Movin' On Up On The East Side
Assemblyman Micah Kellner has maxed out.
In 53 days, Mr. Kellner, a candidate for Upper East Side Councilwoman Jessica Lappin’s seat this year, has raised over $123,000 from over 440 donors, his campaign announced this morning. The total makes Mr. Kellner one of the strongest fundraisers in the city and effectively means he can’t raise any more money for the decisive Democratic primary while accepting public matching funds.
ues disco party
Hill Krishnan, an adjunct professor at New York University and underdog candidate in the race to succeed Councilwoman Jessica Lappin in her Upper East Side seat, can dance. And, in a 2006 YouTube video entitled “Indian Disco Dancer,” he brings it to the streets of Manhattan.
Dressed in shiny disco-themed clothing, Mr. Krishnan strolls around doing chops and kicks as surprised onlookers gaze on. He eventually switches locations and ends up dancing both in a field and shirtless on the beach.
The race to replace Councilwoman Jessica Lappin just got a tad more crowded today when attorney Nico Minerva officially registered a campaign committee for her seat. Ms. Lappin is expected to run for Manhattan Borough President, leaving her seat vacant for aspiring City Council Members in the Upper East Side.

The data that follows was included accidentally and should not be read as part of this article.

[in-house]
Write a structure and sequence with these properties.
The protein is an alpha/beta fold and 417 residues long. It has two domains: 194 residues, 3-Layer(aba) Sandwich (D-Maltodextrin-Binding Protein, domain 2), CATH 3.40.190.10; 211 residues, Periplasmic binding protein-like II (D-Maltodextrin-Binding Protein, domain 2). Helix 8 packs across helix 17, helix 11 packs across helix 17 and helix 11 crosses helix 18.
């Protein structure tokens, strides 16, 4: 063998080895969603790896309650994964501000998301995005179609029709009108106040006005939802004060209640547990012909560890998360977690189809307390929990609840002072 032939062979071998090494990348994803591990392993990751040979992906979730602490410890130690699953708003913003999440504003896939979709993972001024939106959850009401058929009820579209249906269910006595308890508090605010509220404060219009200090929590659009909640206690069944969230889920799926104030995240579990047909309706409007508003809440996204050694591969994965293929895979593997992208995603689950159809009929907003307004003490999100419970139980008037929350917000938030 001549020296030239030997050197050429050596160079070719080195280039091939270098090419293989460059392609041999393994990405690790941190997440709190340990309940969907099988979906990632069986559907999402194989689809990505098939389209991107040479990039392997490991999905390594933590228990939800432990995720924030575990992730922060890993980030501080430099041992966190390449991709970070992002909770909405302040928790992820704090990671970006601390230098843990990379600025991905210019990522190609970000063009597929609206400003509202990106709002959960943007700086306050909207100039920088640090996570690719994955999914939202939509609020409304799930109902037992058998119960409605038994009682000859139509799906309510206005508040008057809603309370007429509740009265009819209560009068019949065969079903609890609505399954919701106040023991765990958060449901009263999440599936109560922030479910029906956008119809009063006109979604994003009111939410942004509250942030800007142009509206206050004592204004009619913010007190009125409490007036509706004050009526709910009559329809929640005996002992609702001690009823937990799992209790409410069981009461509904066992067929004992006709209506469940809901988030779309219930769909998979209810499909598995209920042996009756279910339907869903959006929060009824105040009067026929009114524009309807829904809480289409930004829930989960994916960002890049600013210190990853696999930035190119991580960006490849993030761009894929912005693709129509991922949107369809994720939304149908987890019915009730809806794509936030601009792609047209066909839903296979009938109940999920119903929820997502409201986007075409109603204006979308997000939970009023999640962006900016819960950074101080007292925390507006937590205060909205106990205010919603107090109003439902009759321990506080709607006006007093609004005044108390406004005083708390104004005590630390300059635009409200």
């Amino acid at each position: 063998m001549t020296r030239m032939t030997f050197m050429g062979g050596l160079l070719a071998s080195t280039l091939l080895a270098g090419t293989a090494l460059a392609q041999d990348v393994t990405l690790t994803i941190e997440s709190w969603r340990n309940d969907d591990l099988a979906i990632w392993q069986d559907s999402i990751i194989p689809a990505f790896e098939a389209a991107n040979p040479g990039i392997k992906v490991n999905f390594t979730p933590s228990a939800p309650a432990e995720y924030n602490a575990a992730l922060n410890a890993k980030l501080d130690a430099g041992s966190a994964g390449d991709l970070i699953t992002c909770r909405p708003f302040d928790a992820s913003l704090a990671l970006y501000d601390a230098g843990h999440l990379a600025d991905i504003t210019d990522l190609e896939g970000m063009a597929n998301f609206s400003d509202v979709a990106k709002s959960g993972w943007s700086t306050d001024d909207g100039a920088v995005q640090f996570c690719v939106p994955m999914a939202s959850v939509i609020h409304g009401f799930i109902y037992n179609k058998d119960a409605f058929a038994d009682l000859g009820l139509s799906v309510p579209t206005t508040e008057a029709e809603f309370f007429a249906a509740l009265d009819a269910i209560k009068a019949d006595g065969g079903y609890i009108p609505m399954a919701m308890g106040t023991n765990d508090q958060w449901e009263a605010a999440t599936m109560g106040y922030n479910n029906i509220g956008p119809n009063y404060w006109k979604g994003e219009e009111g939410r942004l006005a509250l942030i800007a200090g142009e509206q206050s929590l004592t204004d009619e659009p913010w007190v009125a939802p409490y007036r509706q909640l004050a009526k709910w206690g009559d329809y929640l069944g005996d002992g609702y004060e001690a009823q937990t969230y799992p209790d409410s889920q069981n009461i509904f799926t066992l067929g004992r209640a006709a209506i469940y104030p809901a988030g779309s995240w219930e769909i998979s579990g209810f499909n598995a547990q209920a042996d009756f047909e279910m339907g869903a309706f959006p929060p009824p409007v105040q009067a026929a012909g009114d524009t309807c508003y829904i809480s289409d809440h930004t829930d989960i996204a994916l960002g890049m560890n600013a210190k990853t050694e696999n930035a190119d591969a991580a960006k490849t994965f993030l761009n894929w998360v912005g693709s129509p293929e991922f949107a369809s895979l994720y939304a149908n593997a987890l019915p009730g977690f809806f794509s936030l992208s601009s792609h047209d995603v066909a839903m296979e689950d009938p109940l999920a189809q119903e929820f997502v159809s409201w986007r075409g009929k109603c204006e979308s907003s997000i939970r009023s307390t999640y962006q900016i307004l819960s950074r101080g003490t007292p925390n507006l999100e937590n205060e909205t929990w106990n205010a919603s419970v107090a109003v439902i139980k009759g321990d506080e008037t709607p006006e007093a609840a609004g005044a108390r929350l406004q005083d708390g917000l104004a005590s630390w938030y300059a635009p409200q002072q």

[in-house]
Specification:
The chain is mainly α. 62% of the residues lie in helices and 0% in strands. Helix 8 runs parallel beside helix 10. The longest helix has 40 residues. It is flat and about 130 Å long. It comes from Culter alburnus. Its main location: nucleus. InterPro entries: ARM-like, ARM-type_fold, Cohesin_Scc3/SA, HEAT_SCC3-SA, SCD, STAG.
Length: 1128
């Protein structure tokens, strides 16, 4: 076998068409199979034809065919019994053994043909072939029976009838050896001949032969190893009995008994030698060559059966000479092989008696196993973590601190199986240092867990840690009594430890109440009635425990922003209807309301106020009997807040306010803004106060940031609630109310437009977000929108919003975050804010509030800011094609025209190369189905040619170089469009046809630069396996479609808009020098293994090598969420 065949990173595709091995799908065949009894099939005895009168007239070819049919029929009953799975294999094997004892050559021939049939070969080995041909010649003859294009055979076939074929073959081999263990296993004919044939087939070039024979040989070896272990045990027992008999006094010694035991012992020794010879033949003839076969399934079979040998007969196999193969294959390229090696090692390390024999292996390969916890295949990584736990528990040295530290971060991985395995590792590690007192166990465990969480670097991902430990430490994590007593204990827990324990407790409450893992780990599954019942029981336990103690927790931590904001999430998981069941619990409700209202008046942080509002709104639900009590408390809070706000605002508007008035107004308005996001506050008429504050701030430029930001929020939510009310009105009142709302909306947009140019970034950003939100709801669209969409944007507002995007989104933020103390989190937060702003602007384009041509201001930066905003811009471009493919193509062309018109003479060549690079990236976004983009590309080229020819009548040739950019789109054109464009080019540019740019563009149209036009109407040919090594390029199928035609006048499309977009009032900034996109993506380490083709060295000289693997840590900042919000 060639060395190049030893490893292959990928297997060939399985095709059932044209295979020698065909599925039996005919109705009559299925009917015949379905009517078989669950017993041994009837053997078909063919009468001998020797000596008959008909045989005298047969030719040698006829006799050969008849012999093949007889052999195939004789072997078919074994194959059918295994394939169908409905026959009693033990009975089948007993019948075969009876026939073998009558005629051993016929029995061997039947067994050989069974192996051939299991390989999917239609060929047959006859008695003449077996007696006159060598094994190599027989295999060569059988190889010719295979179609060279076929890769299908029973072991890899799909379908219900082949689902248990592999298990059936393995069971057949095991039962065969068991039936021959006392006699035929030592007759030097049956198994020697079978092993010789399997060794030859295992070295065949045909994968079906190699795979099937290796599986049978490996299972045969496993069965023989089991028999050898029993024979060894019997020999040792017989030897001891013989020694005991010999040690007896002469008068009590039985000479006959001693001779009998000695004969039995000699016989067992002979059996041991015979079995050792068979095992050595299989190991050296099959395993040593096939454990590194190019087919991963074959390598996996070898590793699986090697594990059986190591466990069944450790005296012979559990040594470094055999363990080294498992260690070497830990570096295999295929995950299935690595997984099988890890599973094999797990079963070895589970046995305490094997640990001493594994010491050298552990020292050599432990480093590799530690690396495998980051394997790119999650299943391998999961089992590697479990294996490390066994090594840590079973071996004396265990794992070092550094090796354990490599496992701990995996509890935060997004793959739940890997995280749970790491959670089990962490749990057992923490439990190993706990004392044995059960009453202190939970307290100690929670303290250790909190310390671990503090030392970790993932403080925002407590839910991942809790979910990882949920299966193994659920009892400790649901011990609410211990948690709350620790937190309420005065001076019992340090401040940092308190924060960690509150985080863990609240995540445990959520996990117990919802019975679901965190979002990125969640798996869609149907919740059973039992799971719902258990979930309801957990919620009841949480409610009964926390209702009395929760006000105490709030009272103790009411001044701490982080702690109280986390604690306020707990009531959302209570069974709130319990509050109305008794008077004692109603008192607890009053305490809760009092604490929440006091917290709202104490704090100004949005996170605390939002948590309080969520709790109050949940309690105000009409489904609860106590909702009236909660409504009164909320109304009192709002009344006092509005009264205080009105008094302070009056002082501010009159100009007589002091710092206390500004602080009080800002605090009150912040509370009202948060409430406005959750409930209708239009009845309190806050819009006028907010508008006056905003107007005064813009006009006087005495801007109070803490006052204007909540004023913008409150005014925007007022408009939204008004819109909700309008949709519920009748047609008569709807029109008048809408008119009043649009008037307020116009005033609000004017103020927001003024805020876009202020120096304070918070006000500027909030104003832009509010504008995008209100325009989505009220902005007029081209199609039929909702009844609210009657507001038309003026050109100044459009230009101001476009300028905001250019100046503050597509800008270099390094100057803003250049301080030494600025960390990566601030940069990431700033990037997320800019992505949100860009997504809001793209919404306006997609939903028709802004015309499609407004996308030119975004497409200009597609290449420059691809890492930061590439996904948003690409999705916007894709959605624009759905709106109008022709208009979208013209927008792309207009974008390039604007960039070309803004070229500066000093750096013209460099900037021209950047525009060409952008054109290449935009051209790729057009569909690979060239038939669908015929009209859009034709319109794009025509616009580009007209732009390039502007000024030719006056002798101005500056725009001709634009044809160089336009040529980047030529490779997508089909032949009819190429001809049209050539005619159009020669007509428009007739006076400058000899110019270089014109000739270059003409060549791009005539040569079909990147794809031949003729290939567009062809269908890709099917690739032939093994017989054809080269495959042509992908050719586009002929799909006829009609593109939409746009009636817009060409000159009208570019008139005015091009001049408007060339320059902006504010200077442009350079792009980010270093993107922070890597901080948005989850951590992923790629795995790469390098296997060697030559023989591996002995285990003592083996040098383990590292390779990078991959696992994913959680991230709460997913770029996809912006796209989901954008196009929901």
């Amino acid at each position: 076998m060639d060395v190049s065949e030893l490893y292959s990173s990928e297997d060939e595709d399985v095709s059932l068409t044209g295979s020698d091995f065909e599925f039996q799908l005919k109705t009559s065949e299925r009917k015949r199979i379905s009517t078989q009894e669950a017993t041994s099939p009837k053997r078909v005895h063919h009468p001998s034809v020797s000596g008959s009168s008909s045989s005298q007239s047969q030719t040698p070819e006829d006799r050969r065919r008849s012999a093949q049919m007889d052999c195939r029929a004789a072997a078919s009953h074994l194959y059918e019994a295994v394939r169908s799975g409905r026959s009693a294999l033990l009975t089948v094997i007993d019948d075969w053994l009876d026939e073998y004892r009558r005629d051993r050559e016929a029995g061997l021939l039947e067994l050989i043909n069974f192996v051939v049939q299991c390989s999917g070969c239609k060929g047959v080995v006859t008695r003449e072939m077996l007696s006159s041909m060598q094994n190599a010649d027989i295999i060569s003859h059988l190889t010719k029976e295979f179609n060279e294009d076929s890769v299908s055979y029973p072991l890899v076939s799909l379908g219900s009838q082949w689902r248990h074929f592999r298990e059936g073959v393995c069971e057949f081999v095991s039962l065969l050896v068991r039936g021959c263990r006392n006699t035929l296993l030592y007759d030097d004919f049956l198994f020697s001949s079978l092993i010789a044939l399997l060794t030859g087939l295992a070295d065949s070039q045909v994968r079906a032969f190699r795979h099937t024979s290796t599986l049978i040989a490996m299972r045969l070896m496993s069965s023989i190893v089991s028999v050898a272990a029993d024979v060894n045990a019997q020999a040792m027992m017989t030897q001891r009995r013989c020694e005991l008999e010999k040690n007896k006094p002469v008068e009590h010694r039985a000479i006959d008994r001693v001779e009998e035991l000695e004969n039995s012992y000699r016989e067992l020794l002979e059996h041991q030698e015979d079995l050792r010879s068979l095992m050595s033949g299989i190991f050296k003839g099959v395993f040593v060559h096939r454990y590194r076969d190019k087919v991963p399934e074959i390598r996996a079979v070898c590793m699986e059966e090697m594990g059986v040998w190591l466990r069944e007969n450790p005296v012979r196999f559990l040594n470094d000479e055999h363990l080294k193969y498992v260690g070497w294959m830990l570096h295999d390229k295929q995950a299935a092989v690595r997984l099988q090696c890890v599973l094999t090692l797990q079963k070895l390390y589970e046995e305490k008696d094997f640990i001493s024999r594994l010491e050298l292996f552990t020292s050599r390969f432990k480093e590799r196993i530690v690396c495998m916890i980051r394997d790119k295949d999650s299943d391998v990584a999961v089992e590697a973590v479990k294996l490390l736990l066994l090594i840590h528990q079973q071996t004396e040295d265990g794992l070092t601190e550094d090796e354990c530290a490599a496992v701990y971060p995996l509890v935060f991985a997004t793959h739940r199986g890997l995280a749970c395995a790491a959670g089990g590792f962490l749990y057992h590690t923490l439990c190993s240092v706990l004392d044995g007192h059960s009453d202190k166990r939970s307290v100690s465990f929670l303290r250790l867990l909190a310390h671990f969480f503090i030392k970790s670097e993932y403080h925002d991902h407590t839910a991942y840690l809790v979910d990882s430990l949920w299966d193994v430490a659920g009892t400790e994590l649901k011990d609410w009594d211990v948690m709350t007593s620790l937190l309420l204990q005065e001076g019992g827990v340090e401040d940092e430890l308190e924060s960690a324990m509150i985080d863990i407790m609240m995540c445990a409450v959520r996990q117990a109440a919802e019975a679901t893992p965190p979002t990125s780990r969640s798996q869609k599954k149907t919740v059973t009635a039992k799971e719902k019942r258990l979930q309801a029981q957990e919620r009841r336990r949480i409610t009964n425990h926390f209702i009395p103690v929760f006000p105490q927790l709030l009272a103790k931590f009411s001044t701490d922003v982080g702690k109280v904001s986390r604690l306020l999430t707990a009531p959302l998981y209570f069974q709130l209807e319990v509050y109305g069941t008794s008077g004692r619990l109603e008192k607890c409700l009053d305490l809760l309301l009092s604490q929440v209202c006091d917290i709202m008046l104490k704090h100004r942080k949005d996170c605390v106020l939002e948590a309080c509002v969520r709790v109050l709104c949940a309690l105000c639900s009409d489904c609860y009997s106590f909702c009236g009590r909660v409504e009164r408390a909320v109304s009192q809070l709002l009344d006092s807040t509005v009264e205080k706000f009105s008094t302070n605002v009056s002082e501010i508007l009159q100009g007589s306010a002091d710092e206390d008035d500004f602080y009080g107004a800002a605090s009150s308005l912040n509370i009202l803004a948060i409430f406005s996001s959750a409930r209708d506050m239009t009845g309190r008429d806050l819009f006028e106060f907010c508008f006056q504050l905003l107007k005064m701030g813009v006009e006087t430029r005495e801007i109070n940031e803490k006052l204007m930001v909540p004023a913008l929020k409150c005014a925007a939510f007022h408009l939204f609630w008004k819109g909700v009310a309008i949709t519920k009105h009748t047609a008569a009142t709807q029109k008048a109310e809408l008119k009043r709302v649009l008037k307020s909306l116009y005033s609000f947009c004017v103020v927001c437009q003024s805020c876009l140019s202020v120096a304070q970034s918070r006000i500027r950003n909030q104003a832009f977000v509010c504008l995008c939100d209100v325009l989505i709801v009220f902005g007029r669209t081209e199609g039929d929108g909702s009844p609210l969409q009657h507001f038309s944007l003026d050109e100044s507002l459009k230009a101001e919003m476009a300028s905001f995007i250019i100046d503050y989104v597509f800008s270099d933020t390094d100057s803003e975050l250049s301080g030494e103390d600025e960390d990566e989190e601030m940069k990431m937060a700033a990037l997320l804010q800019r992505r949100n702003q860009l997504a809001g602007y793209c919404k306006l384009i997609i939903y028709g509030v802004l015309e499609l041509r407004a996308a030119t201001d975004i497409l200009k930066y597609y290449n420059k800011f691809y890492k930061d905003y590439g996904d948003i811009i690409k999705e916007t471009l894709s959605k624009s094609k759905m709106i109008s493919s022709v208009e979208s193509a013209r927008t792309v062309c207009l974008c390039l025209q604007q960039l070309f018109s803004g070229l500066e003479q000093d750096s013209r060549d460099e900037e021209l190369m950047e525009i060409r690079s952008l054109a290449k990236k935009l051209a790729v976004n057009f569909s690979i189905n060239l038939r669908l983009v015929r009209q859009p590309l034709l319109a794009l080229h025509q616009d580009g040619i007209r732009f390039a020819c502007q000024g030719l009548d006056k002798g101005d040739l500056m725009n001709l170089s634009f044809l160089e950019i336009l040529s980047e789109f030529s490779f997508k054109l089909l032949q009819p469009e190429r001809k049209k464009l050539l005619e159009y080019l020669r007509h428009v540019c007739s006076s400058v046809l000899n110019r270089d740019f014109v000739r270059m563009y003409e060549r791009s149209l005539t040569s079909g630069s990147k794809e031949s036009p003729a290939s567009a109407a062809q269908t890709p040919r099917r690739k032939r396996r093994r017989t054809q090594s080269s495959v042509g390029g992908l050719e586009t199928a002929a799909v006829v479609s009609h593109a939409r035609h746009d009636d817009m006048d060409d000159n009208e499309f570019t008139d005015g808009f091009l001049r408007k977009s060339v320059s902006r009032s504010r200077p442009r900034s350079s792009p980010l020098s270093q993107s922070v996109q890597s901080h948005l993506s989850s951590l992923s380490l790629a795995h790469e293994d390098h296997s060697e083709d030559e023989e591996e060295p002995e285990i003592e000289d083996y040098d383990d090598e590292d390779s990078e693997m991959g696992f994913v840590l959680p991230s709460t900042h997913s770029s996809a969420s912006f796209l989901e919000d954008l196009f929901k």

Mr. Minerva said the only thing that could stop his campaign is if Ms. Lappin were to run for reelection.
“I’m a big fan of Jessica Lappin, I’m not going to run against her,” he told The Politicker this evening. But besides that, he said, “I’m all in.”
Benjamin Kallos, an attorney and consultant in the Upper East Side, formally announced his campaign for Jessica Lappin’s City Council seat last night. Ms. Lappin is currently eyeing a campaign for Manhattan Borough President in 2013, potentially leaving a vacant seat behind her.
Speaking before a crowd in the back of the Off The Rails bar, Mr. Kallos particularly demonstrated some passion for government transparency in his speech. In addition to touting his efforts to get New York voting records online, he cheered the Council’s recently passed Open Data Bill and presented a “Suggest Your Own Solution for a Better City” worksheet for the crowd to fill out or submit online.
He also based part of his pitch based on Council politics, where the Council’s Progressive Caucus is hoping to make a stamp in the leadership race once current Council Speaker Christine Quinn is term-limited out and runs for mayor in 2013. He said he was “definitely going to join” the caucus and they “will surpass the 26 votes we need to get the most progressive policies passed in the City Council.”